Sometimes the Life of a Journalist Is Just Too Glamorous

Do you sometimes approach your email inbox with a sense of anxiety or dread? Here's the solution: If you join the exciting world of journalism, you can be uplifted by your incoming messages, as I so reliably am. Today in the "Glamorous Life of a Journalist" saga we have another example. It's a missive from a PR firm, and I start with a  screen shot, in original coloring, to convey the overall excitement:


In more sedate but still compelling plain-text form:

Hello James,
I would like offer an opportunity to speak with the hottest CBS Television Personality on the air. ___ _____  is a meteorologist, an advocate for animal rights, a passionate Vegan, sports enthusiast, fashionista as well as a loving wife. With her hectic schedule on television, radio and as a guest correspondent on ___, ___  still finds time to maintain a physique that is completely too hot for California.
Keeping fit; eating healthy with unique on-air hours as a Vegan and living green with her husband, ___  are vital for ___'s life on and off air.
___ can talk about:
·       How to maintain a "summer body" physique all year round

·       Ways to incorporate exercise in your corporate setting     

·       Foods to avoid during the 5 o'clock blues

·       How to look your best despite mother nature's mood swings

This story is a perfect match for me, since people so often ask why I ever left my beloved West Coast home-of-origin. The reason is of course that I also have a physique that is completely too hot for California. I will be glad at last to meet someone who understands.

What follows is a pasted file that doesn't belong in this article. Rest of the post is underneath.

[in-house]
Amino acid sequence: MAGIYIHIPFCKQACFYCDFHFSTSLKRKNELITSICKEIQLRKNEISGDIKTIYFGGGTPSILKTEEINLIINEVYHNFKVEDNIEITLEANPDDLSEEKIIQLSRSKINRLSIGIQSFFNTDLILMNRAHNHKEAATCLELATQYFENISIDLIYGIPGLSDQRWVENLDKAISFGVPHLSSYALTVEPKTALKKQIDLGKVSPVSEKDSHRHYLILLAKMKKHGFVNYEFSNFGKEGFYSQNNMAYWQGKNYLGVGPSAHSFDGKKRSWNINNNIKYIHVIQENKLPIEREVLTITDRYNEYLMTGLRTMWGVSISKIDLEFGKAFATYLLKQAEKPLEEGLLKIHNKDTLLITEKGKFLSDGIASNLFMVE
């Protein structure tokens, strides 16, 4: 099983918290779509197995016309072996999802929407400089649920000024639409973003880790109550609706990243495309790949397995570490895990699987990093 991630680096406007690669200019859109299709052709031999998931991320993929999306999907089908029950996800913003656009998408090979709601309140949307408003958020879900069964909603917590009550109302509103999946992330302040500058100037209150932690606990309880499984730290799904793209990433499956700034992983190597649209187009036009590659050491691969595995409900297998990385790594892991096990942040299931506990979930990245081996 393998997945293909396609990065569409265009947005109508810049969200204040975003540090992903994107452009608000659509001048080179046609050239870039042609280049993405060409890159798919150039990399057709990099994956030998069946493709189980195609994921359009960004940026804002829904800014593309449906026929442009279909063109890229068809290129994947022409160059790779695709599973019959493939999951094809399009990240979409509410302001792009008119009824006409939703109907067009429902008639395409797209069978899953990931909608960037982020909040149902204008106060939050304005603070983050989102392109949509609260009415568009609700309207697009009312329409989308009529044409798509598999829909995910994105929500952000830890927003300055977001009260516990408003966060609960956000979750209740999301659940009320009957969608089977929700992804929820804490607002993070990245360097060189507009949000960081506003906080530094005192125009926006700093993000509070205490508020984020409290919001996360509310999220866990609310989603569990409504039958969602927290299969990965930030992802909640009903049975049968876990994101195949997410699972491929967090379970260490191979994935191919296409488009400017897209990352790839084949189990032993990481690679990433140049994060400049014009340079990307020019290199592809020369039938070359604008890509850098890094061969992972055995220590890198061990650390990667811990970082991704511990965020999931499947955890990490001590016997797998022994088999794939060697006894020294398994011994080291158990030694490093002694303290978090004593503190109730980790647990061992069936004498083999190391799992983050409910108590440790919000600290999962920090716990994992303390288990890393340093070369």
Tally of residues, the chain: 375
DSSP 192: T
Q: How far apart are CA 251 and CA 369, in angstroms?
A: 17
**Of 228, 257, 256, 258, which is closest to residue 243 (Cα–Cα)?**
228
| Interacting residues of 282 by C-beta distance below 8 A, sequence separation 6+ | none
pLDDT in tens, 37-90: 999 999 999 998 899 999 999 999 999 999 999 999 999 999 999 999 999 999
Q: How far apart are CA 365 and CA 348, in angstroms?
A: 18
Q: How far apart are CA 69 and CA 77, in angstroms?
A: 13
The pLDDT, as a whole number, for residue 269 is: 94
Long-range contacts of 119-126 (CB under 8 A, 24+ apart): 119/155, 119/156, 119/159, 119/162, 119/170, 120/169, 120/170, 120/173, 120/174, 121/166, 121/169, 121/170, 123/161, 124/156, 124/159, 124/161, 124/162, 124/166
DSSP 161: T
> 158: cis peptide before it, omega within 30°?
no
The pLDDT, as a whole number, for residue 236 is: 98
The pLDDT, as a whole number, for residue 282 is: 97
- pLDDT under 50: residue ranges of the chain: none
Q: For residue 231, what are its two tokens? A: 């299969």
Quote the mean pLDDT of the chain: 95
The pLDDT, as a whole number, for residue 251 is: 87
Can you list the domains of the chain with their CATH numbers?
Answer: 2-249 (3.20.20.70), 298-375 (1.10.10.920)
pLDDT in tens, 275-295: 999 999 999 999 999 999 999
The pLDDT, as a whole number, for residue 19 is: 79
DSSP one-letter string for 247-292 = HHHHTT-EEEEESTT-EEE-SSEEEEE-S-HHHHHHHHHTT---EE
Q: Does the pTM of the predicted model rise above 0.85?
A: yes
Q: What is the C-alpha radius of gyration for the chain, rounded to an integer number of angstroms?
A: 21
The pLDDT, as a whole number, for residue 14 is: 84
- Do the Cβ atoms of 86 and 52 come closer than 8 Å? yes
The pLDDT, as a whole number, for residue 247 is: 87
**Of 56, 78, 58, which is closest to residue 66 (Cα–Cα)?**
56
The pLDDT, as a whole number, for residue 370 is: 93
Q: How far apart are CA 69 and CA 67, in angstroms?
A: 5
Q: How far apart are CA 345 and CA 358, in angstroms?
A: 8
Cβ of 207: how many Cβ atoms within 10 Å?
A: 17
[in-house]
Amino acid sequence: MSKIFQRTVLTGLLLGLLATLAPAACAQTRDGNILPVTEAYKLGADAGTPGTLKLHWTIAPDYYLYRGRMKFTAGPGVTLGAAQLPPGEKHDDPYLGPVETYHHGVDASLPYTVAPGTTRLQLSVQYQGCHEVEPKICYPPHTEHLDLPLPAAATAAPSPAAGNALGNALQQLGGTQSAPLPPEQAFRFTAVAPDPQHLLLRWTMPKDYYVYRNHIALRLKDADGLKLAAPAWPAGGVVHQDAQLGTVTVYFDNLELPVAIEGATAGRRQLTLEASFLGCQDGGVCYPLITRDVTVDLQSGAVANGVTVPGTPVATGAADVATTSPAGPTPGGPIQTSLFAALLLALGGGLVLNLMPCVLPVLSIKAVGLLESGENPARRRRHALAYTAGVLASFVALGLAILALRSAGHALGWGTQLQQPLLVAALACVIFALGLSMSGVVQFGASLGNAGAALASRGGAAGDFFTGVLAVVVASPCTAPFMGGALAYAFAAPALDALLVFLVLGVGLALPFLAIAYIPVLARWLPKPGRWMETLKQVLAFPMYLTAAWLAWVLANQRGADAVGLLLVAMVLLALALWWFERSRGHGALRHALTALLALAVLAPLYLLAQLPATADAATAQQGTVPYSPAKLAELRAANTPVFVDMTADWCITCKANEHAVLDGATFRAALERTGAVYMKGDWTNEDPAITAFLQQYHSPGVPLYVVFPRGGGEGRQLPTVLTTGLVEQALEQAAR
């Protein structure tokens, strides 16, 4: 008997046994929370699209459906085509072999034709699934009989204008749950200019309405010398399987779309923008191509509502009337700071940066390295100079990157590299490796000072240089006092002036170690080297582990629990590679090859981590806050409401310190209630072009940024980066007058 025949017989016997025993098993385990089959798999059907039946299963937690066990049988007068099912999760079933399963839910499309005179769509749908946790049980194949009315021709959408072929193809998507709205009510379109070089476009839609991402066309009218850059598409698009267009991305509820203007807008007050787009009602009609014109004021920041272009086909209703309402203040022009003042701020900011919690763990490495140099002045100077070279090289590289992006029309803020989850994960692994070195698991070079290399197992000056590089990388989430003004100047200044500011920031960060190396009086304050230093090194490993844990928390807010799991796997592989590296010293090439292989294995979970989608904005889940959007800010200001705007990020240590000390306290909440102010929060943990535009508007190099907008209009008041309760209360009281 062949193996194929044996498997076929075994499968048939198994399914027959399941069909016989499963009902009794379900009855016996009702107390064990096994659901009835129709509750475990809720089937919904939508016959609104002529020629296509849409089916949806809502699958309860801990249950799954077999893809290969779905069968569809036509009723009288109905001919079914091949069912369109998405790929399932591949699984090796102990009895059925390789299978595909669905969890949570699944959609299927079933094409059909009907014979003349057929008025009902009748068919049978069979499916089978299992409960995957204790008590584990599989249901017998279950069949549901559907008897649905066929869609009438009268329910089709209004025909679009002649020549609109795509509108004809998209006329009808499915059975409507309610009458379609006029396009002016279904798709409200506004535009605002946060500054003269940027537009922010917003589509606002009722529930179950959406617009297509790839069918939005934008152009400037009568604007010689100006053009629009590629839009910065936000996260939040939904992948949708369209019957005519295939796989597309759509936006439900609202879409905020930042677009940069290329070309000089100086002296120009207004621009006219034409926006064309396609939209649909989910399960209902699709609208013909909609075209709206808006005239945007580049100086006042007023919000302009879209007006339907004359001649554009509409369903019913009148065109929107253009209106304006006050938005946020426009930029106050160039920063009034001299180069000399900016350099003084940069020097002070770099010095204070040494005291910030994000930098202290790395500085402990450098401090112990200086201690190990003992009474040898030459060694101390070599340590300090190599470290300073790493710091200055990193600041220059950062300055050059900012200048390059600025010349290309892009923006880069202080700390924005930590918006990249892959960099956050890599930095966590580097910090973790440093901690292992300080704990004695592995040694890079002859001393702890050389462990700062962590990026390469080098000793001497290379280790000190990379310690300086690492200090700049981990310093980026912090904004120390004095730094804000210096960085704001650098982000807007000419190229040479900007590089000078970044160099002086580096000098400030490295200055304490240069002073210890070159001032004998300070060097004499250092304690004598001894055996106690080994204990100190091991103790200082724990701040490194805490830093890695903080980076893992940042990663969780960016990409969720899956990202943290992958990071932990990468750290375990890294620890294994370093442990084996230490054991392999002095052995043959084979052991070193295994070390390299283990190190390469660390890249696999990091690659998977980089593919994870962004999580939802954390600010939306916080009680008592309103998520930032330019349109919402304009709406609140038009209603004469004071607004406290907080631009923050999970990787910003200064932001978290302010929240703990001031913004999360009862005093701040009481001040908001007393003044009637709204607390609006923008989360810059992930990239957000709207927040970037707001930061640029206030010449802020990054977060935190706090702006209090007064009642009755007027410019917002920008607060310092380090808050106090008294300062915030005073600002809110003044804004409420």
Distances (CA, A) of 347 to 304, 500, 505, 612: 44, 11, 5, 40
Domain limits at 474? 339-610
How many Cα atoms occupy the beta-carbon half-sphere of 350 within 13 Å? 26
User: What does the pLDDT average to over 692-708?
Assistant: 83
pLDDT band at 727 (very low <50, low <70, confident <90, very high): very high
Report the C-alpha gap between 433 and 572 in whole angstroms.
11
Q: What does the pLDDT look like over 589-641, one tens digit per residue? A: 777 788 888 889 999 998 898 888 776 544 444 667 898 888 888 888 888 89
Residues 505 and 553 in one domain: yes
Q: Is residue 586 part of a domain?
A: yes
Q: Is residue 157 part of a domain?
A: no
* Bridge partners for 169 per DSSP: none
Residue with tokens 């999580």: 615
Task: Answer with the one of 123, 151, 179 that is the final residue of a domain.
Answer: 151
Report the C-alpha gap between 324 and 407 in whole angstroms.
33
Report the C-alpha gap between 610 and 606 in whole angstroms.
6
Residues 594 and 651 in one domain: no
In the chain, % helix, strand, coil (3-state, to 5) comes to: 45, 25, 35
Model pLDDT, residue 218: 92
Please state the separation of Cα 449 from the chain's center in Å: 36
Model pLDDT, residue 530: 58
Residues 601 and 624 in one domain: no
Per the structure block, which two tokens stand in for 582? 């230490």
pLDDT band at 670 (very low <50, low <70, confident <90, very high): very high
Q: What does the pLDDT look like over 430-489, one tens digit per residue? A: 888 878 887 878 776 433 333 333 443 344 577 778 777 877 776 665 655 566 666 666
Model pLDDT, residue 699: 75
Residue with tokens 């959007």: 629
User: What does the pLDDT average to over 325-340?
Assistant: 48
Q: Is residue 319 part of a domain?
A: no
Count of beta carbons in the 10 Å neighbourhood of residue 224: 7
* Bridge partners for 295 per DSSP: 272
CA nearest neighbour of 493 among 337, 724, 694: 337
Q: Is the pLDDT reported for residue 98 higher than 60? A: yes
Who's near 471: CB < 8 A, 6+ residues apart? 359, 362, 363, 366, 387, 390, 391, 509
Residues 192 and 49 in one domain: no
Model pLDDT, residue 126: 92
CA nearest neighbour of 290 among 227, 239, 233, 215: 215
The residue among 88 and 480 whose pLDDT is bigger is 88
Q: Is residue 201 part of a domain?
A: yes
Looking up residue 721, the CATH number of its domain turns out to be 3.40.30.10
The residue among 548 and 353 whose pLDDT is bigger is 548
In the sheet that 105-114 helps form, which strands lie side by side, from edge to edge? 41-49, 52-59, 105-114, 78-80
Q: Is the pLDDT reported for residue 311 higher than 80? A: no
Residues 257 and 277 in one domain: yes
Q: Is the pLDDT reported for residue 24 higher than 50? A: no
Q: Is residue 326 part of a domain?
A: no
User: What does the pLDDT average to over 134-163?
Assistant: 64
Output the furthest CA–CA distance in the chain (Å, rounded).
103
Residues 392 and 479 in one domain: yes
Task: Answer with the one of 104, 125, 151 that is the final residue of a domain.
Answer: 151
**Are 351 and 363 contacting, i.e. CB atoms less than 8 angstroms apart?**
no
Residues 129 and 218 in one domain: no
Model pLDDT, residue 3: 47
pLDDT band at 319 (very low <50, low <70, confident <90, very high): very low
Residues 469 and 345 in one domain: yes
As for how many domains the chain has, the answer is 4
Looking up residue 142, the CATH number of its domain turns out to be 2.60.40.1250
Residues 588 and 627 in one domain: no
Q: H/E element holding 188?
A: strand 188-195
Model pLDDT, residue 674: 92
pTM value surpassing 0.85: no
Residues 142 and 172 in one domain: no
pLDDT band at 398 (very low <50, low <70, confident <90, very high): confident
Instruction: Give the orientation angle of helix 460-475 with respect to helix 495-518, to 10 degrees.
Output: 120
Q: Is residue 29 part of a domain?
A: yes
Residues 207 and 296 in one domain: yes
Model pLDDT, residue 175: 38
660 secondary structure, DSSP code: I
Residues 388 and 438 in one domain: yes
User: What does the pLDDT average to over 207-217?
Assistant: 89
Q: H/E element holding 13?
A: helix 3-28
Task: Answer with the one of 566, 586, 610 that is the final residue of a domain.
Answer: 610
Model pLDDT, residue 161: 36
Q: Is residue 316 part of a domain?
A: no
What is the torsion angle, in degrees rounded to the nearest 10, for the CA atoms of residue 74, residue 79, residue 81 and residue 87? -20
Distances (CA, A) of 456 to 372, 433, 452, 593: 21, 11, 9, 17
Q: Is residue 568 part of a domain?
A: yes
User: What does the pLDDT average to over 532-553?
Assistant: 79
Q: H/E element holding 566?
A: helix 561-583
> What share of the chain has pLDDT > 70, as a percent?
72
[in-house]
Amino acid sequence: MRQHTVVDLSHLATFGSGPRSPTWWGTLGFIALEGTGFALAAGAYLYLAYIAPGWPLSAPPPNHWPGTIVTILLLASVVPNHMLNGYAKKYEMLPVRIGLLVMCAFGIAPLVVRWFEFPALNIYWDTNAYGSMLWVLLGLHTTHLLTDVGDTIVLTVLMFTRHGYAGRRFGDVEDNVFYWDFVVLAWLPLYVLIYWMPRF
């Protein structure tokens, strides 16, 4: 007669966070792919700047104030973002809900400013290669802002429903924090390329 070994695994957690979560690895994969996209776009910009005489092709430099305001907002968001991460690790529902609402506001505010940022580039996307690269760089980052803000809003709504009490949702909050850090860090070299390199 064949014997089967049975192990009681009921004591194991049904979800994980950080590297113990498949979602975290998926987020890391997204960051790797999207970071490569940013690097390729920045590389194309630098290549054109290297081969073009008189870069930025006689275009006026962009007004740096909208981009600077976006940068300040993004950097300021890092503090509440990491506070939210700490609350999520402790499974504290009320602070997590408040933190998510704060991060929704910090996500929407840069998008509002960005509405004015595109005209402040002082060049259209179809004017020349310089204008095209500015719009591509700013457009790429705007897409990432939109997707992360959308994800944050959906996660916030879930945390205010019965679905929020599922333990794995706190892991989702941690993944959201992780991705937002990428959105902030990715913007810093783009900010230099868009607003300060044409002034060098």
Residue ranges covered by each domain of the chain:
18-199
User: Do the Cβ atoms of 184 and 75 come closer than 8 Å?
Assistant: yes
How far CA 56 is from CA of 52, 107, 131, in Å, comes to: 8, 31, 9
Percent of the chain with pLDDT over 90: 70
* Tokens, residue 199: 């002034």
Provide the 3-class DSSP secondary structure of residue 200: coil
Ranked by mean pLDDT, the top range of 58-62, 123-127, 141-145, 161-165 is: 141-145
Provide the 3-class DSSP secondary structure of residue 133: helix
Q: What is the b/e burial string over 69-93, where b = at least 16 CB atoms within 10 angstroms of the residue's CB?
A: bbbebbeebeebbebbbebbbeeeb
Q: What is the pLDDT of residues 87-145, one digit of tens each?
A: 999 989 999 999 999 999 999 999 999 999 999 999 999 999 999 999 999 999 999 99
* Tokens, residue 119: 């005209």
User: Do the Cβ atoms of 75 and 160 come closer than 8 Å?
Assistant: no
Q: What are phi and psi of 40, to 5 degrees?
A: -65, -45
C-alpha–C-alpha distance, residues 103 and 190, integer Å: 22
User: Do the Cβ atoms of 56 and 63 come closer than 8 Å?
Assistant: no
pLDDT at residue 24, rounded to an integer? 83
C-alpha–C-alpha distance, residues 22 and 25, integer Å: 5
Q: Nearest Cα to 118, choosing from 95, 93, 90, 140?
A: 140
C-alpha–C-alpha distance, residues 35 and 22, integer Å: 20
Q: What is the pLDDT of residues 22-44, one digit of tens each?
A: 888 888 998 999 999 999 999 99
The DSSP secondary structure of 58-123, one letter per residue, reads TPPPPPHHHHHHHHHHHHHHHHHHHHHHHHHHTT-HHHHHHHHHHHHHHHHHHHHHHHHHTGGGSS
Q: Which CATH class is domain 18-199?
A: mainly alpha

Presented by

James Fallows is a national correspondent for The Atlantic and has written for the magazine since the late 1970s. He has reported extensively from outside the United States and once worked as President Carter's chief speechwriter. His latest book is China Airborne. More

James Fallows is based in Washington as a national correspondent for The Atlantic. He has worked for the magazine for nearly 30 years and in that time has also lived in Seattle, Berkeley, Austin, Tokyo, Kuala Lumpur, Shanghai, and Beijing. He was raised in Redlands, California, received his undergraduate degree in American history and literature from Harvard, and received a graduate degree in economics from Oxford as a Rhodes scholar. In addition to working for The Atlantic, he has spent two years as chief White House speechwriter for Jimmy Carter, two years as the editor of US News & World Report, and six months as a program designer at Microsoft. He is an instrument-rated private pilot. He is also now the chair in U.S. media at the U.S. Studies Centre at the University of Sydney, in Australia.

Fallows has been a finalist for the National Magazine Award five times and has won once; he has also won the American Book Award for nonfiction and a N.Y. Emmy award for the documentary series Doing Business in China. He was the founding chairman of the New America Foundation. His recent books Blind Into Baghdad (2006) and Postcards From Tomorrow Square (2009) are based on his writings for The Atlantic. His latest book is China Airborne. He is married to Deborah Fallows, author of the recent book Dreaming in Chinese. They have two married sons.

Fallows welcomes and frequently quotes from reader mail sent via the "Email" button below. Unless you specify otherwise, we consider any incoming mail available for possible quotation -- but not with the sender's real name unless you explicitly state that it may be used. If you are wondering why Fallows does not use a "Comments" field below his posts, please see previous explanations here and here.


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